This book is simply updated research and information on the most important non-Western music, what we used to call "ethnomusicology". But now it is good marketing to call them the "other" classical musics and this theme is thrust into the book throughout. It is obviously an editorial diktat. A successful one, as it is probably why they are sold out. But make no mistake, as far as the information in the book, it is exactly what I was reading in the 70s, updated with recent research and written and recorded sources. But each writer (different sections are written by different experts) bows to the idea that there is "classical" music in Thailand, Java, India, Japan and so on. Most of the authors, when they get down to discussing the different genres in detail note that there are more popular genres and more elite genres existing in most cultures. It tends to come out that what is meant by an "elite" genre or style, such as the long tradition of the music for the Chinese qin, is that some styles or genres are more subtle, requiring more understanding and exposure to appreciate. Yep.
To give you a sense of how the book is promoted, here is part of the blurb from Amazon:
What is classical music? This book answers the question in a manner never before attempted, by presenting the history of fifteen parallel traditions, of which Western classical music is just one. Each music is analysed in terms of its modes, scales, and theory; its instruments, forms, and aesthetic goals; its historical development, golden age, and condition today; and the conventions governing its performance. The writers are leading ethnomusicologists, and their approach is based on the belief that music is best understood in the context of the culture which gave rise to it . By including Mande and Uzbek-Tajik music - plus North American jazz - in addition to the better-known styles of the Middle East, the Indian sub-continent, the Far East, and South-East Asia, this book offers challenging new perspectives on the word 'classical'. It shows the extent to which most classical traditions are underpinned by improvisation, and reveals the cognate origins of seemingly unrelated musics; it reflects the multifarious ways in which colonialism, migration, and new technology have affected musical development, and continue to do today.With specialist language kept to a minimum, it's designed to help both students and general readers to appreciate musical traditions which may be unfamiliar to them, and to encounter the reality which lies behind that lazy adjective 'exotic'."Challenging"? Yes, in the sense that this is ideologically multicultural: Western classical music must be dethroned from its privileged position and put on a par with as many non-Western traditions as possible. This is the ideological imperative and as such, it is highly questionable. But it does make us try, once again, to come to grips with the whole concept of what "classical" music might be. And once again, it makes one want to toss out the word "classical" in favor of either "concert" music or "art" music. But, of course, those words come with their own set of problems and issues. In any case, the objectionable aspect here is that by referring to all these other traditions as "classical" it enables the editors to disparage Western classical music. Like I say, it's a war on classical.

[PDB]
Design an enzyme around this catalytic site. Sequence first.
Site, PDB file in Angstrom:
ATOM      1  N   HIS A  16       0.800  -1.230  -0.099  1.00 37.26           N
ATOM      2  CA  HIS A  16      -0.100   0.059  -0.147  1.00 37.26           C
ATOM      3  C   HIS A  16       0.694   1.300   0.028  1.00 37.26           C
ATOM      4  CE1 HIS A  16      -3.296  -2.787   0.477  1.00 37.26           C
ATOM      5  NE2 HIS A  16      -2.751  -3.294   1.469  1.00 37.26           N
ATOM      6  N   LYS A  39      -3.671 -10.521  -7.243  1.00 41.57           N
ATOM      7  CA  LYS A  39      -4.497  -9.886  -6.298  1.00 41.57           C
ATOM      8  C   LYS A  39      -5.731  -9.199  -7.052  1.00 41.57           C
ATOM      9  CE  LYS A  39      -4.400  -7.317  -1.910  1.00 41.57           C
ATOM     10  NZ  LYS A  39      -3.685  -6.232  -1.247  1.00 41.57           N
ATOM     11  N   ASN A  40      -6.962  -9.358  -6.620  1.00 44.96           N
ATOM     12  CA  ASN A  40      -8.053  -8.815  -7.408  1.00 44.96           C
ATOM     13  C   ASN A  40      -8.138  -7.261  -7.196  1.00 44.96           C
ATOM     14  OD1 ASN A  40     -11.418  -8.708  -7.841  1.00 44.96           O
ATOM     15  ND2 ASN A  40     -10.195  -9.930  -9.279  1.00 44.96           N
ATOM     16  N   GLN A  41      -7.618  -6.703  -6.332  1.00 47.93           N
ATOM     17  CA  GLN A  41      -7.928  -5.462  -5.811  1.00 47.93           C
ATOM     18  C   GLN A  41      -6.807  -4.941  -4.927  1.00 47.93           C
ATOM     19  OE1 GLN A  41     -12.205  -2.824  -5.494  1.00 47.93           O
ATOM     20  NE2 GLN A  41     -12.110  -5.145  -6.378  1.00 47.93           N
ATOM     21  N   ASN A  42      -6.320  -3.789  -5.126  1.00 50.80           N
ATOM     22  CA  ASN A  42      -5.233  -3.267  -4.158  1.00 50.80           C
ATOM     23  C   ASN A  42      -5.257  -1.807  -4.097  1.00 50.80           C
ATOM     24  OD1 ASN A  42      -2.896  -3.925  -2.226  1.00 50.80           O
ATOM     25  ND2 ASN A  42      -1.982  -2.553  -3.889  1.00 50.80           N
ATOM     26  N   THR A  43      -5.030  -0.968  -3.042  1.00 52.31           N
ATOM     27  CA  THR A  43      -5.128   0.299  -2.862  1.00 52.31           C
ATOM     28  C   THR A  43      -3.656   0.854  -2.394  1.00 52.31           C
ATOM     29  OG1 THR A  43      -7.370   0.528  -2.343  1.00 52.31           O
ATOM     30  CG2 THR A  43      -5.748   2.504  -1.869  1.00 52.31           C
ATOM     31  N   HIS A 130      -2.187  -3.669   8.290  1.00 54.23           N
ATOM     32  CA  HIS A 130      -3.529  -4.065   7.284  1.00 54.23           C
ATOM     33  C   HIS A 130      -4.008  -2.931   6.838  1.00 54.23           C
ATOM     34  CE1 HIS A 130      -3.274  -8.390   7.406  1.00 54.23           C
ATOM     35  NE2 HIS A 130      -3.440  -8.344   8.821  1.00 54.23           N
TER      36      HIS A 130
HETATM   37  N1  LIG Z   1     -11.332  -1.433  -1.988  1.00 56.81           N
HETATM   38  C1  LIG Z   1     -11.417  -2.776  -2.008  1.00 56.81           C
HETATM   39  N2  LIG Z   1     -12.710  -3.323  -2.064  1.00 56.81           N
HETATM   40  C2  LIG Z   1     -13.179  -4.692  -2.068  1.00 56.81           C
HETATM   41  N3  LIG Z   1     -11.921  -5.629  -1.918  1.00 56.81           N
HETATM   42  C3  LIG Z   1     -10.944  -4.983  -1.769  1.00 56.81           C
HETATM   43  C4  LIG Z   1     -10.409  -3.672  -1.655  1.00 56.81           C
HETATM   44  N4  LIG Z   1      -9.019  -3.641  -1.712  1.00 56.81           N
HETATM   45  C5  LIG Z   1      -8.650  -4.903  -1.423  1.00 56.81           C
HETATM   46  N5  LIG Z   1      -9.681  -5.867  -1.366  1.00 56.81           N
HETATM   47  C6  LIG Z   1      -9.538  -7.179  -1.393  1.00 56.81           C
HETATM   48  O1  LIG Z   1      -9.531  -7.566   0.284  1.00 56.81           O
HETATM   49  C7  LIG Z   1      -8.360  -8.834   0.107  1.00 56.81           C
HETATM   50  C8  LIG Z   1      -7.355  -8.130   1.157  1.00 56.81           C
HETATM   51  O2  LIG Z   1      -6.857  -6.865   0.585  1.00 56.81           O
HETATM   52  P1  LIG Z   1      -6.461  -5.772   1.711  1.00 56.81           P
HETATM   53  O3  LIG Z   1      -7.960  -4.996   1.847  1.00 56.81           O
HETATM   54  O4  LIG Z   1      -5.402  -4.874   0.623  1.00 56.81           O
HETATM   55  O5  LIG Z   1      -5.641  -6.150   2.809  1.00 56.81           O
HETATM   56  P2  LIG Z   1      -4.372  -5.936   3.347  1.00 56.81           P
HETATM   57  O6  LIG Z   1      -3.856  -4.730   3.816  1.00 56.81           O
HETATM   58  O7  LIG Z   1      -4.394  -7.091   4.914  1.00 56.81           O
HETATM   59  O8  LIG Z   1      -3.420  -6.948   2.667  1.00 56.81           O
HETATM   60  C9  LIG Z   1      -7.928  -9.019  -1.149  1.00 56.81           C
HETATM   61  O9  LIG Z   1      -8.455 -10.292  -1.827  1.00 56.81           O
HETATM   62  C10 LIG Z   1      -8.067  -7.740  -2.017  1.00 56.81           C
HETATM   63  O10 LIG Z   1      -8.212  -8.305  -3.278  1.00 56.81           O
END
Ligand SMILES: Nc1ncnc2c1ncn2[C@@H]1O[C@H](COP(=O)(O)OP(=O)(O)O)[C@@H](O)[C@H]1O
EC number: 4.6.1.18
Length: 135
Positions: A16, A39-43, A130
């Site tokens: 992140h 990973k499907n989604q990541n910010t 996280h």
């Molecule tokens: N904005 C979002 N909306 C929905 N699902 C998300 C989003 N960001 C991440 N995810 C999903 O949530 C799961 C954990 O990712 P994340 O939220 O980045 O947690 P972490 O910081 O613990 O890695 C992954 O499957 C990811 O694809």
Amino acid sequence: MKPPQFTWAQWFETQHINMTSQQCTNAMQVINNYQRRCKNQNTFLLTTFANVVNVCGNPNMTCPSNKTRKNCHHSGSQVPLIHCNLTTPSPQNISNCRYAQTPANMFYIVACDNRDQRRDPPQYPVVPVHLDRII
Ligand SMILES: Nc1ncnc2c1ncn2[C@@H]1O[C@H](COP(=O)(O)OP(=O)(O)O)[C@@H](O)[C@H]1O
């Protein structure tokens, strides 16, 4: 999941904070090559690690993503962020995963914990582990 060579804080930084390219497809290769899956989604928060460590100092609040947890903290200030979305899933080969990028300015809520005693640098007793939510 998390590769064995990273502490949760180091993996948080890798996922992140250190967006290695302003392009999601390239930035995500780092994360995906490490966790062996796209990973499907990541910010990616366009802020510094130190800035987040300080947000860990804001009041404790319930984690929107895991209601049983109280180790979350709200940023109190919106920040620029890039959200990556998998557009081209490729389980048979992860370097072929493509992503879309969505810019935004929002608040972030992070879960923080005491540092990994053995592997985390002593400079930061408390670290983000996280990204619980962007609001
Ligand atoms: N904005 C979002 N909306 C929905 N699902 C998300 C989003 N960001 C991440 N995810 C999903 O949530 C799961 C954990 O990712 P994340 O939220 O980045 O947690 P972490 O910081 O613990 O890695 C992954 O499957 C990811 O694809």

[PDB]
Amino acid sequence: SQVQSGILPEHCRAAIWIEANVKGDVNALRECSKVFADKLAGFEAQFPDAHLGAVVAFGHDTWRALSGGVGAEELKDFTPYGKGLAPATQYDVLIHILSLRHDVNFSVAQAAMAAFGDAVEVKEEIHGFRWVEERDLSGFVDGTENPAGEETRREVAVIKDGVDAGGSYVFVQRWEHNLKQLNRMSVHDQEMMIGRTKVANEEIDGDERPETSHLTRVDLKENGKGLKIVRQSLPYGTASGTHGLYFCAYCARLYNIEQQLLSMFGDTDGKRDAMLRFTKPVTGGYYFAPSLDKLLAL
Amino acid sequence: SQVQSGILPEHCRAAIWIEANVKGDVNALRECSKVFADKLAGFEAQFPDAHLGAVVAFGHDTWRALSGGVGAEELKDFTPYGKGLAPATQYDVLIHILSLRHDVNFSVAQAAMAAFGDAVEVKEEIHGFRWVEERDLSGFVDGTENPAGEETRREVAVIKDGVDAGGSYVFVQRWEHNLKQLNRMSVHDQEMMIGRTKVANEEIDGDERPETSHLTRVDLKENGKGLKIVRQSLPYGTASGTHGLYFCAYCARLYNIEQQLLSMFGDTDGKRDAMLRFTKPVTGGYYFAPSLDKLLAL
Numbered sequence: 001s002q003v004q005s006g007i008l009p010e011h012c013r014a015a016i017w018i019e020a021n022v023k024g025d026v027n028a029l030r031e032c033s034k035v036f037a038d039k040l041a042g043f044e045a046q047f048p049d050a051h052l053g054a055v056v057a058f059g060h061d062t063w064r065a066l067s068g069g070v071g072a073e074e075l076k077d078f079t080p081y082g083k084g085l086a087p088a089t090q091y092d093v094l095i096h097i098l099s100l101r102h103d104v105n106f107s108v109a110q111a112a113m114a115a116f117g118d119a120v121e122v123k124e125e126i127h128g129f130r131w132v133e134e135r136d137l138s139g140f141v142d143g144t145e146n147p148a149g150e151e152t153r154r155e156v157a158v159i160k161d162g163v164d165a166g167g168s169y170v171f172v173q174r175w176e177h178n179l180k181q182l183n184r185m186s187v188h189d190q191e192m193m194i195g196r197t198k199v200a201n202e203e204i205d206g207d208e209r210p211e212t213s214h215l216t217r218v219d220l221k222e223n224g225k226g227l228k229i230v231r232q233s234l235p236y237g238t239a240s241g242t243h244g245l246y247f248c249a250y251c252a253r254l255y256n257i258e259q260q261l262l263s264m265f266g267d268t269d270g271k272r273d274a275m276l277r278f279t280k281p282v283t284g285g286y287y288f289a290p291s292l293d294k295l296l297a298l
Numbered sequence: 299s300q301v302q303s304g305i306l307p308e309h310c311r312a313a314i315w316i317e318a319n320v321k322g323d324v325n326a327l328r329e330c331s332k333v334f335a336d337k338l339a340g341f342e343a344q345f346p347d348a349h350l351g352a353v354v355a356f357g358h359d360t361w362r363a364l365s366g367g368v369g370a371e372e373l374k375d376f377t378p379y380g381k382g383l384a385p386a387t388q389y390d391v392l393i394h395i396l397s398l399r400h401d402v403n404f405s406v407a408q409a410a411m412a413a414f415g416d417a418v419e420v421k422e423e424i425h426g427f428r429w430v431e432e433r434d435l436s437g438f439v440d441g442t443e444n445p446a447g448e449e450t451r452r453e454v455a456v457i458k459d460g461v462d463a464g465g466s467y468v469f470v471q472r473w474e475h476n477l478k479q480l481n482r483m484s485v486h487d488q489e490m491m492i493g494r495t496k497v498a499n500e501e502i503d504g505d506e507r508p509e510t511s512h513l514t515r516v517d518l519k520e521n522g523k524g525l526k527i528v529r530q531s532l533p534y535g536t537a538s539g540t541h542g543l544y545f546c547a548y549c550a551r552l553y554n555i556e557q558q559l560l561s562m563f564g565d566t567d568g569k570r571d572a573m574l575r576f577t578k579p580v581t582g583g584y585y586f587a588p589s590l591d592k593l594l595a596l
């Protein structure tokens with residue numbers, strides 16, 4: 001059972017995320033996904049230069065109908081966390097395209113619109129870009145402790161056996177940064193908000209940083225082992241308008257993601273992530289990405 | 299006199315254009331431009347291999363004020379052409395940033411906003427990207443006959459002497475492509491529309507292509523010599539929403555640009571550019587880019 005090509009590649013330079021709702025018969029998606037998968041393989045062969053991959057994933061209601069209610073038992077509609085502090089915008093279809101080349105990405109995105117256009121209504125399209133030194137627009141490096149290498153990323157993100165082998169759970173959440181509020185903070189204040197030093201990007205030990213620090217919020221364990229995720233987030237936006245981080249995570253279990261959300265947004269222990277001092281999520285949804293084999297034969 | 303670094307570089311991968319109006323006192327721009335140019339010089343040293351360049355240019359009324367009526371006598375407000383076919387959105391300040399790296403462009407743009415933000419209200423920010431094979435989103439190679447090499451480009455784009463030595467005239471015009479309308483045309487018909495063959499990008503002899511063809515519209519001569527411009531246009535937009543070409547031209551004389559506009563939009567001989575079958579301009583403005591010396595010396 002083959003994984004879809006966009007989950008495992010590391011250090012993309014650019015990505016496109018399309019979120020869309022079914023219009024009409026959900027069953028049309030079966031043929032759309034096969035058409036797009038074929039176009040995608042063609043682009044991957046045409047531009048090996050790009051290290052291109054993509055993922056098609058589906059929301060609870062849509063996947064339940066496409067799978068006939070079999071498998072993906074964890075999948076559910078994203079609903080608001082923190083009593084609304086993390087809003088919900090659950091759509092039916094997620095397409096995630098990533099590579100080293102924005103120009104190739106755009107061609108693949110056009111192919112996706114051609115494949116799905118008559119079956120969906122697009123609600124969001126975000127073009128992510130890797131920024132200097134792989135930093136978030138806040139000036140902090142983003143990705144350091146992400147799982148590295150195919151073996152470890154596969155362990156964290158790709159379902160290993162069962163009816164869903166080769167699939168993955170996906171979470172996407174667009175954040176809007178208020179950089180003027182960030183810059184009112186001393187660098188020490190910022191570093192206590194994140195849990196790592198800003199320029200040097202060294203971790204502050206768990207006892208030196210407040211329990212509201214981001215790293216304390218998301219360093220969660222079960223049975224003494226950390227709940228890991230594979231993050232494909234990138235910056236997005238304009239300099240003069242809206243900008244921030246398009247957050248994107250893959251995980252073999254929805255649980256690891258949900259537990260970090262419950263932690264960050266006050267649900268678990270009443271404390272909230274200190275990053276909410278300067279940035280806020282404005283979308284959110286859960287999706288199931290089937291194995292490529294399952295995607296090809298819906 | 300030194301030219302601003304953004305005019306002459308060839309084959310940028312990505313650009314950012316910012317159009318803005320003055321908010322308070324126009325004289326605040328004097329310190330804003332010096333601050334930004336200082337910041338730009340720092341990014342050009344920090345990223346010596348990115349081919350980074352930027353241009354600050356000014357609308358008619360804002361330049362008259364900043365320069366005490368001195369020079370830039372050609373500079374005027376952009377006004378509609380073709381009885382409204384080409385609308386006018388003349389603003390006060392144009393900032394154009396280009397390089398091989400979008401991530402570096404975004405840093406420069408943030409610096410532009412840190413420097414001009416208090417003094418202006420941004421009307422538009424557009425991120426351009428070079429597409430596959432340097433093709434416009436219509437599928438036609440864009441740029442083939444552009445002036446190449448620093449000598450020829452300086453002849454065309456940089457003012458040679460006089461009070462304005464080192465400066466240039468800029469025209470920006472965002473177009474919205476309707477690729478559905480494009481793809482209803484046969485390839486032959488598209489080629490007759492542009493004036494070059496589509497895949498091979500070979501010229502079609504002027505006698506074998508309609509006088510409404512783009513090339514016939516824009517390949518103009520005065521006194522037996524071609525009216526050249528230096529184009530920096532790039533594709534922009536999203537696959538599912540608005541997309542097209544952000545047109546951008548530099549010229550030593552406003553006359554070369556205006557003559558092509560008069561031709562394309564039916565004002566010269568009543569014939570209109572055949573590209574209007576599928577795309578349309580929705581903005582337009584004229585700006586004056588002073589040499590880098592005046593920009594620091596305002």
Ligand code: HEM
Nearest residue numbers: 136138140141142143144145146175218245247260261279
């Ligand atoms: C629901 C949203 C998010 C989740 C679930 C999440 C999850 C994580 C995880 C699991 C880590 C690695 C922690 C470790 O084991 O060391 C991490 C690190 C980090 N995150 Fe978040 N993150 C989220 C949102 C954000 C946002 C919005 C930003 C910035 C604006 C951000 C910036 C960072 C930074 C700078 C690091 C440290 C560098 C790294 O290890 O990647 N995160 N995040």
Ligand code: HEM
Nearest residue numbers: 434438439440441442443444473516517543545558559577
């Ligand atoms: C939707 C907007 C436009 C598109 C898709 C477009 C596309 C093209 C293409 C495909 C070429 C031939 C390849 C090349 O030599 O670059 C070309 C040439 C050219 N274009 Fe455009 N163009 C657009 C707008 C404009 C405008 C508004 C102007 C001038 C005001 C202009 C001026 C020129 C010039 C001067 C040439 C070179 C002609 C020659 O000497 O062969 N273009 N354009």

I have always tried to focus on the use of the word "classical" as relating, somehow, to aesthetic quality and have run into my own set of problems by so doing. For example, as far as I'm concerned, the Beatles have attained the status of "classical" in some sense through the quality and longevity of their music. I equally have no problem accepting high-quality, long-standing music traditions of other cultures as also "classical" in the same sense. But all of these examples are "classical" in a different sense than the music of Western Europe (and descended cultures) which is, finally and perhaps definitively, based on a tradition of literacy, a tradition of a highly-developed musical notation that preserves and reveals what is going on in pieces of music written over the last thousand years.
As every chapter in the book reveals, all the non-Western traditions (and Western traditions such as blues, pop and some jazz) are hampered by a lack of an adequate notation, so they rely heavily on oral tradition, which is, in my book, an indicator of a folk tradition rather than a high art tradition. These distinctions are pretty fuzzy in most cultures. There are notations from the Tang Dynasty for qin, dating back to the 7th century. Mind you, these are cryptic at best and lack any notation for rhythm, but still... Western music from a similar vintage is also pretty iffy when it comes to rhythm.
But perhaps we can get at least a foggy, if not entirely clear, definition of classical by means of books like this, plus some objective analysis.
At the end of the day, using the word "classical" in this very wide sense, tends to empty it of specific meaning and if we want to refer to that music that we usually call "classical" we have to say "notated music of Western Europe and related cultures." OK, whatever.
Here is a sample of music for qin, the Chinese zither, played by Master Rushan:
And here is a sample of some Western classical music of a similar aesthetic realm:
If the Chinese music sounds rather simple, especially harmonically, it might help to know that some masters of the qin distinguished forty-two different kinds of vibrato! You can see Master Rushan doing a lot of interesting vibrato in his left hand, but due to the poor recording, we can't actually hear it.